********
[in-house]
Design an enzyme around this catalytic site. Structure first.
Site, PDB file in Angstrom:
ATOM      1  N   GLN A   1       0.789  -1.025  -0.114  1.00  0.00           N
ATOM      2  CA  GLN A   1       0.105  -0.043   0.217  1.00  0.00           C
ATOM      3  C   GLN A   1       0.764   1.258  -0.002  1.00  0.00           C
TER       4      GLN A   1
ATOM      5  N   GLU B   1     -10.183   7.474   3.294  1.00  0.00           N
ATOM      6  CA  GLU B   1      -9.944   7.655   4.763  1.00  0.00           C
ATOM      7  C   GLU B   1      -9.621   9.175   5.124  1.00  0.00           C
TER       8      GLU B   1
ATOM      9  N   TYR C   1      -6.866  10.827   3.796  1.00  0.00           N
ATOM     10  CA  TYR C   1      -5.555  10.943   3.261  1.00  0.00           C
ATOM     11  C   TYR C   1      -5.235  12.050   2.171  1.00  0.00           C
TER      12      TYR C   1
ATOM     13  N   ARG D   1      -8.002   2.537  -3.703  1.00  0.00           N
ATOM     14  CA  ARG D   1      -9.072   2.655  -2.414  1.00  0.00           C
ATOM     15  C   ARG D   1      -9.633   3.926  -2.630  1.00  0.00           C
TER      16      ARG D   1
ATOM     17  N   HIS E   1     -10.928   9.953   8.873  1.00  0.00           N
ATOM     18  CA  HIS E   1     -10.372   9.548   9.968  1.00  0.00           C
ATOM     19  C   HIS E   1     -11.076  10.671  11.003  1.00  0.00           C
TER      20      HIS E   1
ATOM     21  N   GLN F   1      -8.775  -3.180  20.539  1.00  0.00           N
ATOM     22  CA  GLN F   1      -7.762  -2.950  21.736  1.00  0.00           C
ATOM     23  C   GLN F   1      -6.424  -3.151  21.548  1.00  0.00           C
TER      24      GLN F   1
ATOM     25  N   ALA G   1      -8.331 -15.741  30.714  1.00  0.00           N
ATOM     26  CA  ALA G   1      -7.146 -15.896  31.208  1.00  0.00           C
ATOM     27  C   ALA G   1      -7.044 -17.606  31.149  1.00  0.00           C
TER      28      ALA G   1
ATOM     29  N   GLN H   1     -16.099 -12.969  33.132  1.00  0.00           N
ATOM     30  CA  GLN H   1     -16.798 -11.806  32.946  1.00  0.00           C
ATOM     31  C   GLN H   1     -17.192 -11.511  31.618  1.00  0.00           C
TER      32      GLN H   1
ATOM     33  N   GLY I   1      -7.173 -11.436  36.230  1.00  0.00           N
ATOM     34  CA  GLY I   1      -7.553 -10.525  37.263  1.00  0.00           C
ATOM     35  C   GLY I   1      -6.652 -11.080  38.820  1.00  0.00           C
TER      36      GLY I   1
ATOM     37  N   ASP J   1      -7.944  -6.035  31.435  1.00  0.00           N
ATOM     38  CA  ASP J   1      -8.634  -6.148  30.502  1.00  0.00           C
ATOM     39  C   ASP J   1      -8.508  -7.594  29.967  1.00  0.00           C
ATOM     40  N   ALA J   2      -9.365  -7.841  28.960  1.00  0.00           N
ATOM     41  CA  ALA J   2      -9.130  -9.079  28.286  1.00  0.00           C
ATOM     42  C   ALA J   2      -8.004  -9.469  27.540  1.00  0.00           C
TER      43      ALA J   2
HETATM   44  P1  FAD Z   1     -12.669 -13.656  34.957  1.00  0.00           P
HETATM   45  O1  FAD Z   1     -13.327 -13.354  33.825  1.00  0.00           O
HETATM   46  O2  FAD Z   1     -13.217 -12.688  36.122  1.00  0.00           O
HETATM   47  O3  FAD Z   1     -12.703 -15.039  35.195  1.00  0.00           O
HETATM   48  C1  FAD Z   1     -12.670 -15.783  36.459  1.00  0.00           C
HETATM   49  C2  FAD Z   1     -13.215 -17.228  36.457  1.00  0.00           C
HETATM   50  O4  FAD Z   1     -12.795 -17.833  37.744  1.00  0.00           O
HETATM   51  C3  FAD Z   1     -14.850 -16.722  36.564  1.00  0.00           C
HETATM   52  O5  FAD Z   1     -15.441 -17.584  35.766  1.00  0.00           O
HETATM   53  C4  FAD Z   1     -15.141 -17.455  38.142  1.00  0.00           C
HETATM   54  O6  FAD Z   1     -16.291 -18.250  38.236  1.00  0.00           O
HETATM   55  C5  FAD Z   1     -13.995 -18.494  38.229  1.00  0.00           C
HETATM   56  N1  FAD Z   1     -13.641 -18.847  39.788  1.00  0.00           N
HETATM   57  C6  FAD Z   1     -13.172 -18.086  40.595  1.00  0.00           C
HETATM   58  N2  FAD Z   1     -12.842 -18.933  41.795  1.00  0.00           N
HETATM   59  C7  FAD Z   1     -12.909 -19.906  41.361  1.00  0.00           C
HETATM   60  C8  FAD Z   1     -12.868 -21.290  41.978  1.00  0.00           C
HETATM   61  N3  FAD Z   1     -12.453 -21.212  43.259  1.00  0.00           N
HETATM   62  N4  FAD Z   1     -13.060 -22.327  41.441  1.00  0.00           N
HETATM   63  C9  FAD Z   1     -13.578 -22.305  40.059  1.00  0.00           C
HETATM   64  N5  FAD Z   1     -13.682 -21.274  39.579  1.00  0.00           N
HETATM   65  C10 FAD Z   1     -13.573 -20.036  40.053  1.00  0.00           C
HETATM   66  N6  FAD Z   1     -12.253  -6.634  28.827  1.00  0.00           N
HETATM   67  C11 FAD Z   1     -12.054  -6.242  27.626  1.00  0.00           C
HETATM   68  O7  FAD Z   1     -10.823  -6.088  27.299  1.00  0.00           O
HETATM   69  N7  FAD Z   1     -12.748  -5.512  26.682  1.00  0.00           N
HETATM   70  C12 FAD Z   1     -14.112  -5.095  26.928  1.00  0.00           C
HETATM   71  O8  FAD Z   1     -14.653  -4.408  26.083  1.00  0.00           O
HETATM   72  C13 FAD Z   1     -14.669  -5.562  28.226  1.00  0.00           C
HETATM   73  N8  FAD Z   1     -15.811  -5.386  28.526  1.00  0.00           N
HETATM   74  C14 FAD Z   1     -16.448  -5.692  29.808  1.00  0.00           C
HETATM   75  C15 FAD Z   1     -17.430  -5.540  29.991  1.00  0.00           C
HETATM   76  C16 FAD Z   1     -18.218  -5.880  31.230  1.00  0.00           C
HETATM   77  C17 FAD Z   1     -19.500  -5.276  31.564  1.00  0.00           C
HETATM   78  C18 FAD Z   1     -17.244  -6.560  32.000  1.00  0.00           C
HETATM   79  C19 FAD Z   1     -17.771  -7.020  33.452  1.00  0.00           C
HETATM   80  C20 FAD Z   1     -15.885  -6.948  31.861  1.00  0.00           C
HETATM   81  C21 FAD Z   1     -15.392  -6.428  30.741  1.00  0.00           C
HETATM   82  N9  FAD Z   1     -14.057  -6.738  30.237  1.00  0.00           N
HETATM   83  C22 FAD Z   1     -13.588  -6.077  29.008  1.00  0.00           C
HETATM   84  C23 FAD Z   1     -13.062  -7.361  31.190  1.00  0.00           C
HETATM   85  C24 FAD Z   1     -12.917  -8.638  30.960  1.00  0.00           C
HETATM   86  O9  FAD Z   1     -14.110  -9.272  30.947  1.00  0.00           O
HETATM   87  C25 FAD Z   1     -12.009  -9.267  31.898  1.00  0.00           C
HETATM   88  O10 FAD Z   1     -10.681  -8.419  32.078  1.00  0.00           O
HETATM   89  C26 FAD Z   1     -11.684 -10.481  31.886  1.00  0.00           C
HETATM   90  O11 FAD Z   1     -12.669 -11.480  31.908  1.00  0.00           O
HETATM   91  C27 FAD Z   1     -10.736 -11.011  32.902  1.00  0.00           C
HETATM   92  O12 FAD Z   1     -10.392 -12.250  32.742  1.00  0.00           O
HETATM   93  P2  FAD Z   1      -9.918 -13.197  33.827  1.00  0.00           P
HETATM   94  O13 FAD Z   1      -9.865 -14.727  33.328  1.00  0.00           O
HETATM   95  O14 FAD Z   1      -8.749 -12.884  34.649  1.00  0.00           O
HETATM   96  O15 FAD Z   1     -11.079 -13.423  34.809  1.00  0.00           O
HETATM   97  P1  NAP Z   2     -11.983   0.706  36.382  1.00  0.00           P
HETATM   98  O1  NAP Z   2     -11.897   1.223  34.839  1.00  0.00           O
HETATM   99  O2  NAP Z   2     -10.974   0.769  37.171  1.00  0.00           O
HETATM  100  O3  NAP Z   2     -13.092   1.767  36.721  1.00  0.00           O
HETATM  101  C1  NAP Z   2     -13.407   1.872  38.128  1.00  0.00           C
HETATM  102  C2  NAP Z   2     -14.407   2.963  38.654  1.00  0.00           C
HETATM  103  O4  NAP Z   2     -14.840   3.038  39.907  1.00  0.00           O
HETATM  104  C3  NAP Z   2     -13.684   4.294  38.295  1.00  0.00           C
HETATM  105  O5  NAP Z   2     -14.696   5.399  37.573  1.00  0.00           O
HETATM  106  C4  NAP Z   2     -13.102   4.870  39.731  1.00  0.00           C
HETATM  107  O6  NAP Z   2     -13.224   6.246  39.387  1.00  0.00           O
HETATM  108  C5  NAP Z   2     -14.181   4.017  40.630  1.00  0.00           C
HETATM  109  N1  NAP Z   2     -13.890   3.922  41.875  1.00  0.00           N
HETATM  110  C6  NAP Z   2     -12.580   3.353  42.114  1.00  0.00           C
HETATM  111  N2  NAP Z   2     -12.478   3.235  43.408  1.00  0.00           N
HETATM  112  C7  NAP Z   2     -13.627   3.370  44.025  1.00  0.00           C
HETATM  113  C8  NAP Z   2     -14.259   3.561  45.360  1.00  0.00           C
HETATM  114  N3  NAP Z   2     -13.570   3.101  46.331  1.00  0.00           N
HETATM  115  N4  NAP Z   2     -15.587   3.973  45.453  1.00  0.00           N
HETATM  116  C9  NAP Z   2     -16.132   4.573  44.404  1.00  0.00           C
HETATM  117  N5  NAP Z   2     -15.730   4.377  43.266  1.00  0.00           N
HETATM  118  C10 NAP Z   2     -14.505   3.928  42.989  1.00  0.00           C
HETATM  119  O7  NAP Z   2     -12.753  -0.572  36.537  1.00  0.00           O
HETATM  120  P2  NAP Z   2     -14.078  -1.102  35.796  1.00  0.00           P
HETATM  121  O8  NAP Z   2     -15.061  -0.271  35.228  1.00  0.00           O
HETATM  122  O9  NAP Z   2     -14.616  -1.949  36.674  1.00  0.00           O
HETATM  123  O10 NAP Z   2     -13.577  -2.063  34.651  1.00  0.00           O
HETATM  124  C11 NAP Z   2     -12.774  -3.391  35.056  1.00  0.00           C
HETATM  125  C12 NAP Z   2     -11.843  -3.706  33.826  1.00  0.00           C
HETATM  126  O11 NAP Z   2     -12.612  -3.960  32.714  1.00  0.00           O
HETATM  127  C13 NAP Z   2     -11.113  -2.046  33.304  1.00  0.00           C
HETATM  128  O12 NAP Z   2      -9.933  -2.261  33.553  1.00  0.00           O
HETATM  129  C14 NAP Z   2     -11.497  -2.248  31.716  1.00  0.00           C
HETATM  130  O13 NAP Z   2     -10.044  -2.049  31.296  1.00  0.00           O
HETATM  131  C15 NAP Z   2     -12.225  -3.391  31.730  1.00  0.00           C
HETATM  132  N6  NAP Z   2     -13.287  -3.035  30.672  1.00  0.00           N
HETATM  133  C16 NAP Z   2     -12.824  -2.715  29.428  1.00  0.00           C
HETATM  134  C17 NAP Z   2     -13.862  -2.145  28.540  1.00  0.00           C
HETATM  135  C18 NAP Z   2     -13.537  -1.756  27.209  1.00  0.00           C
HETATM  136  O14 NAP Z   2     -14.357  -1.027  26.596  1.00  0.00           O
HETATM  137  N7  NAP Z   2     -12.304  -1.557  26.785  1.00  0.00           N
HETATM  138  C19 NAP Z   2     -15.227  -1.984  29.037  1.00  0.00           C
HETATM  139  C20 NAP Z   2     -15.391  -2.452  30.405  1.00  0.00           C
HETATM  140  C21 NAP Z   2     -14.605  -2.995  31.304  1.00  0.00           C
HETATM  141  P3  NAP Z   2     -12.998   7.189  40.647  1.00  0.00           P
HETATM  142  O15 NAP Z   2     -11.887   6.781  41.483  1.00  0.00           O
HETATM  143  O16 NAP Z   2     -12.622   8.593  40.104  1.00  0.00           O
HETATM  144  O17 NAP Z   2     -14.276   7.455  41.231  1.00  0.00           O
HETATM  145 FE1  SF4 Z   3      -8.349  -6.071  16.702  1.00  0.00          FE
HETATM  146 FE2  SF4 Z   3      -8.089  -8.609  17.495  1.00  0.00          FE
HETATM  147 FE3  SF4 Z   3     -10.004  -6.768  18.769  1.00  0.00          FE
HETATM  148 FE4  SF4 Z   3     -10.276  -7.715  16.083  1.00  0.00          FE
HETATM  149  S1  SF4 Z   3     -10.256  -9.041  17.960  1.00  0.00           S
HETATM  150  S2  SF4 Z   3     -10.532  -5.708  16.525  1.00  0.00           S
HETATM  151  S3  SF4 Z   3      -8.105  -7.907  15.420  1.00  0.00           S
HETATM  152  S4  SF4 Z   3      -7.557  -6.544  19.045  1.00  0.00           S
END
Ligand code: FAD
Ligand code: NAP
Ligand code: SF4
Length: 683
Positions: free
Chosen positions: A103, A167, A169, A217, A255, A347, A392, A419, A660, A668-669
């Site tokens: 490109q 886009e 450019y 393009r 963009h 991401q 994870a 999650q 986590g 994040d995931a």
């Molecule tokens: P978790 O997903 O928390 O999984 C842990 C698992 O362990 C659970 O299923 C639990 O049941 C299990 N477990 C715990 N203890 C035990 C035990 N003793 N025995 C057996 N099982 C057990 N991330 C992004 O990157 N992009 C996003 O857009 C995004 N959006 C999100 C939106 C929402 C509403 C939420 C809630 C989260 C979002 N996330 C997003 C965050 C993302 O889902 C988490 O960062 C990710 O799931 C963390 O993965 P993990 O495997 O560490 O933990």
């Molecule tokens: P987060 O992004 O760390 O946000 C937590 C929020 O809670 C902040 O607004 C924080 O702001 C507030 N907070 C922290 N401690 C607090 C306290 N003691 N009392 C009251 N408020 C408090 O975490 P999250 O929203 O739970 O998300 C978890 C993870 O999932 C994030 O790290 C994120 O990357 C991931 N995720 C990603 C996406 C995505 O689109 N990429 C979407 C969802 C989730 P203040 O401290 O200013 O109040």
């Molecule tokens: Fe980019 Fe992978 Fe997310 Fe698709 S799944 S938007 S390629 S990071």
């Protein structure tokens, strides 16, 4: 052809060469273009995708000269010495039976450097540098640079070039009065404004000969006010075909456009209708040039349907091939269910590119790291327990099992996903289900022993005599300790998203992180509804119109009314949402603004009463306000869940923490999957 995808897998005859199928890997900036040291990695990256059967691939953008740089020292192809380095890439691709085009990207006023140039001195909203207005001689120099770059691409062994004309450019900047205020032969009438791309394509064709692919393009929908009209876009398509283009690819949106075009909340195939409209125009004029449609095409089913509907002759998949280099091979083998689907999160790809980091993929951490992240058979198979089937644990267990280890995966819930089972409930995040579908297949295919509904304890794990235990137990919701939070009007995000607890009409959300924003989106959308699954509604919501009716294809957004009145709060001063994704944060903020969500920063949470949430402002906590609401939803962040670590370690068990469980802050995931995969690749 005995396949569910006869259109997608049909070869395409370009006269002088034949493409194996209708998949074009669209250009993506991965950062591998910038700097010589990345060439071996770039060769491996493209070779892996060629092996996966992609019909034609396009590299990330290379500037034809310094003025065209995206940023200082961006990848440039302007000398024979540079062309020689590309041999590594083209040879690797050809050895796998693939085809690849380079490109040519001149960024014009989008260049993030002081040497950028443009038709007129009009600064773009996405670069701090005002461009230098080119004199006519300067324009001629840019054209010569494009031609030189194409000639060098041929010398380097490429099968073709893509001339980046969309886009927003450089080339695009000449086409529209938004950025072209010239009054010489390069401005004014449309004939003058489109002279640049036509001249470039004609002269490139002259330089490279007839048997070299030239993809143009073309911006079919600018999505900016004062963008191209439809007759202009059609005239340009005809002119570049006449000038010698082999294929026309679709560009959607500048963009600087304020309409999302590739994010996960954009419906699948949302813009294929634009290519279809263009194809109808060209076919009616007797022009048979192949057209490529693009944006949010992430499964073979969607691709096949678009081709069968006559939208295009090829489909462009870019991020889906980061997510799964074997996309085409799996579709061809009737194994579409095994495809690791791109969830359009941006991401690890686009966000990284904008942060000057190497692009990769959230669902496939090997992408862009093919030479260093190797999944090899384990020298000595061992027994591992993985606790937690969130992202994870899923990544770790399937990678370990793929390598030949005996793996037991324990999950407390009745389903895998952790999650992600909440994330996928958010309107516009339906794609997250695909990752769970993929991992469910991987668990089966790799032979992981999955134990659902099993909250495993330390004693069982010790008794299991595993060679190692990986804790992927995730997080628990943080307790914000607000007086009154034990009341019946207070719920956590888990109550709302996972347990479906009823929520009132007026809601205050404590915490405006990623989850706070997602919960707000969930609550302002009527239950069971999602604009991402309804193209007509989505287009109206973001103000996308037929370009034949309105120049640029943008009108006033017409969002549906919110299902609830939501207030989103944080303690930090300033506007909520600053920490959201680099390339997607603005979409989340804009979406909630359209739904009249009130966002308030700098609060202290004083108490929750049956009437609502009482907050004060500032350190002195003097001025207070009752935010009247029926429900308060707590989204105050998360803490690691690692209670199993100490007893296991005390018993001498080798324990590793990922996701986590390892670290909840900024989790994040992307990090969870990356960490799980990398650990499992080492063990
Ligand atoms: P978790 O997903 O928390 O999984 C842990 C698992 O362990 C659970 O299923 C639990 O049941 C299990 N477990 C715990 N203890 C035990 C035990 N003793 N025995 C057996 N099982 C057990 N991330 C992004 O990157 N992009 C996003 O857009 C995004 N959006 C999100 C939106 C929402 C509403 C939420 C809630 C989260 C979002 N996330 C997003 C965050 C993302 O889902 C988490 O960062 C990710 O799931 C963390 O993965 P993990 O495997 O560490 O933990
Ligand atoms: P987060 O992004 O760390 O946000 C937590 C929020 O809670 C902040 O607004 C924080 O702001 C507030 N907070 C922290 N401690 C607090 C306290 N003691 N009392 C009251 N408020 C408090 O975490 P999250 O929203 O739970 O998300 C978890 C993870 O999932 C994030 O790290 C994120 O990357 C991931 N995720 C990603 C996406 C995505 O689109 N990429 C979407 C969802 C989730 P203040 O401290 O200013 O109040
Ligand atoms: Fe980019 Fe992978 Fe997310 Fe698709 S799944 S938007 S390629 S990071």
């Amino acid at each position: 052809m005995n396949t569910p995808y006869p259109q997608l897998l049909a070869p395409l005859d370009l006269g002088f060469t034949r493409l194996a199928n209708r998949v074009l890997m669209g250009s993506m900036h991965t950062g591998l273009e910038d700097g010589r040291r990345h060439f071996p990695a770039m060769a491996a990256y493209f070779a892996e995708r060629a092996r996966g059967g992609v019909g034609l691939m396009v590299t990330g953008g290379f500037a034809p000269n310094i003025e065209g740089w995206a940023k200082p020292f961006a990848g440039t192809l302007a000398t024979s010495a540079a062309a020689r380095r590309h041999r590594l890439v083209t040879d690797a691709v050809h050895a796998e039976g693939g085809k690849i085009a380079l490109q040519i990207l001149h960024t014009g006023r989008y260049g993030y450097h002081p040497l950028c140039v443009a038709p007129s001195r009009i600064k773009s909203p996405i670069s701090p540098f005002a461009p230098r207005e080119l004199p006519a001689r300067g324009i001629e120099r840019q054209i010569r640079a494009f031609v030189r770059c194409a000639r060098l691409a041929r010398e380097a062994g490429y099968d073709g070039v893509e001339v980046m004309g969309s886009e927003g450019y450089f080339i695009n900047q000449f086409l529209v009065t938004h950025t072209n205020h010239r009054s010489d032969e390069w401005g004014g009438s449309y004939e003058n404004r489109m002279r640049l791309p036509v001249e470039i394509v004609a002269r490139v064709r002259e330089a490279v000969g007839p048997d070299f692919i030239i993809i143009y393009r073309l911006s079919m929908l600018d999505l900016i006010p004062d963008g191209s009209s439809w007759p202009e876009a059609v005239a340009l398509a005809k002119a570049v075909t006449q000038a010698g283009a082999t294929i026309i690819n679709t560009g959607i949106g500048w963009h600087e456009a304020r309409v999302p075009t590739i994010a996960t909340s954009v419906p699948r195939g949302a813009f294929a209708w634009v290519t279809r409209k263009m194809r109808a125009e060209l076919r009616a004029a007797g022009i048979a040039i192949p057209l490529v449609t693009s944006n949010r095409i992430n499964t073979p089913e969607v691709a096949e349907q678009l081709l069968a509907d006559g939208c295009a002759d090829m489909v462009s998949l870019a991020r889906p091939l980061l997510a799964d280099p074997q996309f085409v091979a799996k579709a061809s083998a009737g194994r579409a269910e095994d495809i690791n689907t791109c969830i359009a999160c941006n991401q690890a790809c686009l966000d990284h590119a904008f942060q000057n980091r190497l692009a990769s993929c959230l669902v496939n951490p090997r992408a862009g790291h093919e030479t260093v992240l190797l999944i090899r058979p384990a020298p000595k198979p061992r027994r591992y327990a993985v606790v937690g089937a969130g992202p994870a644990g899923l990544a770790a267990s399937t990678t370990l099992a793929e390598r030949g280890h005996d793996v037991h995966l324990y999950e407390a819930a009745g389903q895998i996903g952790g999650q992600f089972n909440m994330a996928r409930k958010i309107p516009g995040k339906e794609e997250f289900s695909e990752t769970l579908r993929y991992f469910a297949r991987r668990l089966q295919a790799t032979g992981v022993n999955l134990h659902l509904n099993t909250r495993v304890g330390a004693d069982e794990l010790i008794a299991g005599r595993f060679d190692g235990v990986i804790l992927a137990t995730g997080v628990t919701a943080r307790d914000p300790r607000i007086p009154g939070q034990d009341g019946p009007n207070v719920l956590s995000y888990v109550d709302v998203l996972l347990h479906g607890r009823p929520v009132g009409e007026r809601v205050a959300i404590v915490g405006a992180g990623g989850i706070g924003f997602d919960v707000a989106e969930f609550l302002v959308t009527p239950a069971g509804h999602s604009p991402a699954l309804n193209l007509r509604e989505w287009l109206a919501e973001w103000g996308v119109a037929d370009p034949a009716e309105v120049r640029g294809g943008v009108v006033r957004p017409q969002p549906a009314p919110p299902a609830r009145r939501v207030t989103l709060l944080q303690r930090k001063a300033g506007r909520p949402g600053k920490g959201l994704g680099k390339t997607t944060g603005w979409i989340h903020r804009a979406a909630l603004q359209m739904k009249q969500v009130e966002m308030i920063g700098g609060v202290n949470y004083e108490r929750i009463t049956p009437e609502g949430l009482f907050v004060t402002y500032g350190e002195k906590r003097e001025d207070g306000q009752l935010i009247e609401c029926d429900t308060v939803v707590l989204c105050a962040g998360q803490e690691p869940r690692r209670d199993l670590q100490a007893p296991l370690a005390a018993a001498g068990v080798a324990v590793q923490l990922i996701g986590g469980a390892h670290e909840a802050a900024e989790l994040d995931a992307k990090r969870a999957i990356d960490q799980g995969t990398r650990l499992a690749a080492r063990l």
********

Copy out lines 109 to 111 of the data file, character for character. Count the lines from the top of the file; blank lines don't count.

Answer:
HETATM  106  C4  NAP Z   2     -13.102   4.870  39.731  1.00  0.00           C
HETATM  107  O6  NAP Z   2     -13.224   6.246  39.387  1.00  0.00           O
HETATM  108  C5  NAP Z   2     -14.181   4.017  40.630  1.00  0.00           C